"A man is rich in proportion to the number of things which he can afford to let alone.”

Henry D. Thoreau



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Upgrades and Pay-back Time

by David Dawson

It’s a funny thing. People will spend thousands of dollars on upgrading their kitchen with new cupboards, fancy granite countertops, Italian taps, lighting, hardwood floors etc etc. Or similarly they renovate their bathroom with new everything, but those same people will not spend their money on putting solar panels on their roof. For some reason the idea of ‘pay-back time’ is applied to solar panels, whereas ‘pay-back time’ is not even a consideration with kitchen, bathroom or other upgrades.

So, why do we treat these two expenditures so differently? You would think that because there is a monetary return, solar panels would be more attractive than new kitchen cupboards. Is it because the monetary return itself brings solar panels in our minds into the ‘investment’ category rather than the ‘lifestyle’ category?

This subject was discussed at a recent SETI event. It was concluded that installing solar panels, as well as other climate fighting actions, should be considered as moral or ethical decisions rather than income generating investments. Steinbach and area is renowned for its charity giving generosity, which is a similar moral investment, with no financial gain expected. Charity donations attract a tax receipt, and that might be the incentive that encourages such generous charitable donations. Perhaps we need to switch away from tax receipts on charitable donations to tax receipts on climate fighting expenditures. Politicians please take note.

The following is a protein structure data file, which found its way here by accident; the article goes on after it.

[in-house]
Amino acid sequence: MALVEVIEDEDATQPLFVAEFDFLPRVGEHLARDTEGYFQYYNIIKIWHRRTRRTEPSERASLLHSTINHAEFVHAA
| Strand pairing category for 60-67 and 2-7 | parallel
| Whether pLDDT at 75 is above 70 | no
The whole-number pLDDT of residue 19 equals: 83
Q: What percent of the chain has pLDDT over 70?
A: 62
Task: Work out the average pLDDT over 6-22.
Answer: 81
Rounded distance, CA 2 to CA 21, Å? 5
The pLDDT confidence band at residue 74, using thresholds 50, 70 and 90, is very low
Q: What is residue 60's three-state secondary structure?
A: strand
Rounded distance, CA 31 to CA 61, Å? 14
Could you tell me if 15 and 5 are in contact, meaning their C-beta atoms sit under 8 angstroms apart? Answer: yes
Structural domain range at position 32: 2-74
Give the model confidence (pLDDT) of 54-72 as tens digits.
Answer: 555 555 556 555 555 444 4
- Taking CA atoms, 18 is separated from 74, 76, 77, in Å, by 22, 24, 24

Denial of Reality

Another little conundrum that is often discussed by the regulars in SETI is what is called ‘denial of reality’. We live in the information age and the age of science, and we want evidence before we believe in anything. Generally we don’t believe in ghosts, leprechauns, fairies or witches flying on broomsticks because there is no visible or tangible evidence for such things. Suspicion has been replaced by cold hard facts – at least that is the theory until you come to global warming. The evidence is all around us and on the news almost every day but for some reason many people refuse to accept the facts. This is what is called ‘denial of reality’ and it is re-enforced by what is called the ‘backfire effect’.

The backfire effect is where the more evidence someone in a state of denial of reality receives, the more entrenched they become in their refusal to accept the facts. A perfect example is the belief amongst some people that vaccination causes autism. The doctor who originally stated this later admitted that he had made it up, and numerous studies worldwide have proved beyond doubt that there is absolutely no connection whatsoever. But all these new studies just make some people more stubborn in accepting the truth. That is the backfire effect. Certainly social change is often a slow process but in this fact-oriented age, where the evidence of climate change is undeniable, the denial of the reality of climate change re-enforced with the backfire effect is a serious problem. The question we ask at SETI is how do we convince these deniers to accept the truth without triggering the backfire effect.